Radial engines were widely used during World War II.
More efficiency & power were the greatest needs of that time. Having many advantages over the rotary engines used in World War I, radial engines proved to be great for aircrafts.
Radial engines :-
Radial engines are Internal Combustion Engines same alike the piston-cylinder arrangement except one change – the piston in the cylinders radiate(oscillate/reciprocate) outward from the central crankcase(like the rims of a tire). Radial engines are also called “Star engines” as they resemble the shape of a star when viewed from the front side. The radial configuration was very commonly used for aircraft engines before the gas turbine engines came into existence.
C. M. Manly constructed a water cooled 5 cylinder radial engine in 1901 – a conversion of rotary engine for an Aerodrome aircraft. The machine was unsuccessful, but the Manly-Balzer engine(later in 1903) pointed the way to high power, low weight aircraft engines.
Piston – The piston is used to transfer the expanding force of gases to mechanical rotation of crankshaft via a connecting rod. The piston is able to do this because it is secured tightly within cylinder using piston rings to minimize the clearance between cylinder and piston !
Crankshaft – A crankshaft is a part which is able to convert the reciprocating motion to rotational motion.
Connecting rod – A connecting rod transfers motion from a piston to crankshaft which acts as a lever arm.
Inlet & Outlet valves – It allows to enter fresh air with fuel & to exit the spent air-fuel mixture from the cylinder.
Articulating rod assembly – The assembly joins all the connecting rods of pistons with a single part as the cylinders are coplanar (discussed later).
Spark Plug – A spark plug delivers electric current to the combustion chamber which ignites the air-fuel mixture leading to abrupt expansion of gas.
Working of Radial engines :-
Radial engines work like any other 4 stroke engines. They both have similar parts but their construction & design are different. Each cylinder has an intake, compression, power & exhaust stroke.
If you consider the above engine consisting 5 cylinders, numbering the top as 1 & going clockwise, then the firing order is 1-3-5-2-4 & again 1 !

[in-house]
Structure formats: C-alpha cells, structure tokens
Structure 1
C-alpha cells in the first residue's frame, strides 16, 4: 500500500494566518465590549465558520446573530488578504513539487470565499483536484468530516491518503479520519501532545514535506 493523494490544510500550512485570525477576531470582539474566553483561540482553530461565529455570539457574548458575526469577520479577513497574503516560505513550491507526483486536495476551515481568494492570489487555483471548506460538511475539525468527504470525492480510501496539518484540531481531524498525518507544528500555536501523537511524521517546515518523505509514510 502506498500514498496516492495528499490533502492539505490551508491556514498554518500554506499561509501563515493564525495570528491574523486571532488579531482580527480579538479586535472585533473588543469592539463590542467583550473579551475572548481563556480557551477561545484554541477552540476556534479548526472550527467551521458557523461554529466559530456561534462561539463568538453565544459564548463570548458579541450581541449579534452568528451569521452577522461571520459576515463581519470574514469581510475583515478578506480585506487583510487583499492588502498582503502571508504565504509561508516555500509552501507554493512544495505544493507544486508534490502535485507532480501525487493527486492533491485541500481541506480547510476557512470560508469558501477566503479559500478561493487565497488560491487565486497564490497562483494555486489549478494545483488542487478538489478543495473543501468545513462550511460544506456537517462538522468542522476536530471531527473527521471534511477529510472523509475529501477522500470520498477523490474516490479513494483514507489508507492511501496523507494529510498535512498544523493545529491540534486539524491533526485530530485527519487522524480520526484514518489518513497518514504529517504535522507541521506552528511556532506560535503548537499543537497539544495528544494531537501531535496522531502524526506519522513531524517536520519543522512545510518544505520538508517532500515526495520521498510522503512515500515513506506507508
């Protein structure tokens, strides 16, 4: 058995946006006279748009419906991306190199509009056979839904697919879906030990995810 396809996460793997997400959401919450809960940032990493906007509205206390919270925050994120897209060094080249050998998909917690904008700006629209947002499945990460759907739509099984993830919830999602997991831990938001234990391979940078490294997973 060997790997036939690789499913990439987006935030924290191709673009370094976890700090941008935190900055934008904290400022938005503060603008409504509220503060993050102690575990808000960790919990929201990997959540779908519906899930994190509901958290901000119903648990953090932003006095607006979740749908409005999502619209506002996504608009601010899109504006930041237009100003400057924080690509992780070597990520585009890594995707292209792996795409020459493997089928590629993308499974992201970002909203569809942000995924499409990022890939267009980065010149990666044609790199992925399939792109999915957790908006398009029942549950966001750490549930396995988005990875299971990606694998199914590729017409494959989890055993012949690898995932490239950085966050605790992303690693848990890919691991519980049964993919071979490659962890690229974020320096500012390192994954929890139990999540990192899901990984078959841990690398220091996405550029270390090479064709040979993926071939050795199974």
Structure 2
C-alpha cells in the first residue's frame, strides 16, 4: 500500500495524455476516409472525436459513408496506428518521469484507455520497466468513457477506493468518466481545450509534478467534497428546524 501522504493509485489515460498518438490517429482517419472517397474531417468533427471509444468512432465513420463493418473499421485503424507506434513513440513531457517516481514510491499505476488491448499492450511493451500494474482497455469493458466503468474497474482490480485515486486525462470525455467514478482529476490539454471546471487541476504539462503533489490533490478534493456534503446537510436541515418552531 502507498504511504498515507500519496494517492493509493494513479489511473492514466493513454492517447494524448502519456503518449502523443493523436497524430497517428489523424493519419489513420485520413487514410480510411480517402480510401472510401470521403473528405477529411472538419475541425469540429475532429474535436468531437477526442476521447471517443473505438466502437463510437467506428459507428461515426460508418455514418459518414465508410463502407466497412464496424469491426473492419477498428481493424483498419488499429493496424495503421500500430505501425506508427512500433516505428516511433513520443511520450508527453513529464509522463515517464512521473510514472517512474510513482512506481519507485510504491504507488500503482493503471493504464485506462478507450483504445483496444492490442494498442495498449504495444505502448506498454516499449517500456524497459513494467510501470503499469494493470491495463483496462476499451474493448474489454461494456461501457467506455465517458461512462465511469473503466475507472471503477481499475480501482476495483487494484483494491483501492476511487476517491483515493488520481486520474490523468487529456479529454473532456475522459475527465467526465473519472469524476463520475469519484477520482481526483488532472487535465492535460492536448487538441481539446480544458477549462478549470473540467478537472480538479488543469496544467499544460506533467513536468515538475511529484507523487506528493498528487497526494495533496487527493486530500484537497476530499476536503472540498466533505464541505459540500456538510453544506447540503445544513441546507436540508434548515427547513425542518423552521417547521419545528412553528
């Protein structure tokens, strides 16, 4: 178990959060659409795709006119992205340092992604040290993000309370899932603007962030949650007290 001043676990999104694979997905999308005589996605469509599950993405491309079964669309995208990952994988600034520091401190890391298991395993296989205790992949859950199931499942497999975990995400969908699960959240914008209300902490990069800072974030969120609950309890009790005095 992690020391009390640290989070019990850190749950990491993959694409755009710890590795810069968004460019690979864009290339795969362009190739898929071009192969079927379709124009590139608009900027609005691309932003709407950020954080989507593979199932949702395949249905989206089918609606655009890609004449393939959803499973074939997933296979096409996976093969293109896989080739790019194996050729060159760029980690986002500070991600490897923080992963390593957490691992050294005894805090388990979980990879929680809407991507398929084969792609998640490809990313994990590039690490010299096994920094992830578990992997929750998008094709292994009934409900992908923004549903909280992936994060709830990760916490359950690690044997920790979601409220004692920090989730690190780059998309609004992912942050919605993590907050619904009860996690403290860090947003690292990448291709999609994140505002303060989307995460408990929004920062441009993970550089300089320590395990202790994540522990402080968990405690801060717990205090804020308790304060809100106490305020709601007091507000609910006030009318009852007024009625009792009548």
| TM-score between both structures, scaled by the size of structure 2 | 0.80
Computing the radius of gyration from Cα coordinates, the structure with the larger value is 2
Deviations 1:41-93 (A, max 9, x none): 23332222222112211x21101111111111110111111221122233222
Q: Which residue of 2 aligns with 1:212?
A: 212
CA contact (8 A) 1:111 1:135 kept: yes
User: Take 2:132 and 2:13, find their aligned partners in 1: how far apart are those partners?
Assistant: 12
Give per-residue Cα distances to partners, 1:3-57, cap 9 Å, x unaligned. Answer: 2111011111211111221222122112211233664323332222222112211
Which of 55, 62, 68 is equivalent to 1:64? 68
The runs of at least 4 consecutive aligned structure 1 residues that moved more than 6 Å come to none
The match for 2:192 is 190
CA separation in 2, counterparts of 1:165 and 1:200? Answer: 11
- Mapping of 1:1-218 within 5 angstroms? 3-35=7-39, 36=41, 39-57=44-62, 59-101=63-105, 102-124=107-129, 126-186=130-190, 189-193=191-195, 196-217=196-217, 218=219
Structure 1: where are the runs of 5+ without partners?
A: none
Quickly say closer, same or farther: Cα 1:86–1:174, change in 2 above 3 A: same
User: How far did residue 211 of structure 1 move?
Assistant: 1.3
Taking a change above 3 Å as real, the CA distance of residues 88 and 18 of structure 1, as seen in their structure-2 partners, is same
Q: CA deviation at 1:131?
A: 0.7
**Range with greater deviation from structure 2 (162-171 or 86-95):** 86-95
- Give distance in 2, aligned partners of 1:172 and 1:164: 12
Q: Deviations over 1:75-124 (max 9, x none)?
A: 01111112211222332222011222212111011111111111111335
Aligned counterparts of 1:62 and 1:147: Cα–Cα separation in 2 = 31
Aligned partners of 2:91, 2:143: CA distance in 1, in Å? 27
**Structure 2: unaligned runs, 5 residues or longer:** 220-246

Nothing complicated to understand, the firing order & opening/closing of valves are such adjusted that the ongoing power stroke directly helps compress the next cylinder to fire, making the motion more uniform.
Why odd number of cylinders?
For smoother operation of the engine, consistent power should be produced. For producing consisting power, odd number of cylinders are used so that every other piston firing order can be achieved.
If an even number of cylinders were used, an equally timed firing cycle would not be feasible.[Source]
How do inlet & outlet valves open & close at that particular times of strokes ?
Unlike the engines used in cars & bikes, the axes of the cylinders are coplanar, hence the typical camshaft cannot be used for controlling the inlet & outlet valves nor the same crankshaft could be use to deliver the power.
Instead the pistons are connected to the crankshaft with a master-and-articulating-rod assembly. I know it is quite difficult to imagine especially which we’ve never heard of, so I’ve included an animation 🙂 !
Radial engines generally use poppet valves which are overhead the cylinders. These valves are driven by the push rods- which are controlled by the cam plate which rotates in opposite direction than of the crankshaft.
The cam is made to spin slow with the help of a geared mechanism.
- Smoother operations :- Radial engines are great at producing consistent power(contribution of each piston) as discussed earlier. This consistency helps the engine to run smoother.
- Tougher & easier maintenance :- All thanks to simple design which makes it less vulnerable to damage as well as it makes much more easier for maintenance workers during routine check-up.
- Cost :- Radial engines’ parts, repair costs, & maintenance costs are inexpensive. A cheaper option is welcomed blindfoldedly in a expensive field of work.
- Drag :- As the cylinders are clearly exposed to the airflow during flight, drag increases considerably.
- Visiblity :- The pilot may experience visibility problems, due to huge single engines located near the nose of aircrafts.
- Installation :- It is more difficult to ensure adequate cooling air in a buried engine installation.
Gas turbines OR popularly known as jet engines stole the market as they were much more powerful, efficient & light weight than radial engines.
To know more about gas turbines/jet engines, read one of my previous articles in which I have explained in detail about working of jet engines !
I have also written an article on types of jet engines (it has tons of animations…you should give it a try 😉 )
5 comments on “How do radial engines work ?”
yes… indeed interesting Kris !!! I hope you will find my other posts interesting too… 🙂 ! & I guess you have read many of them…
N.B. Radial engines were used because of the better cooling qualities, because all the cylinders are exposed equally to the airflow.
It’s also worth noting that the drag issue was lessened by adding a cowling as seen in the Glouscter Gladiator.
As the cylinders fire, the rod assembly rotates around the crankshaft, spinning it like a bell crank would. A counterbalance weight sits opposite from the rod hub to prevent engine vibration.
Excellent, i would like to learn more.
Please kindly e- mail me.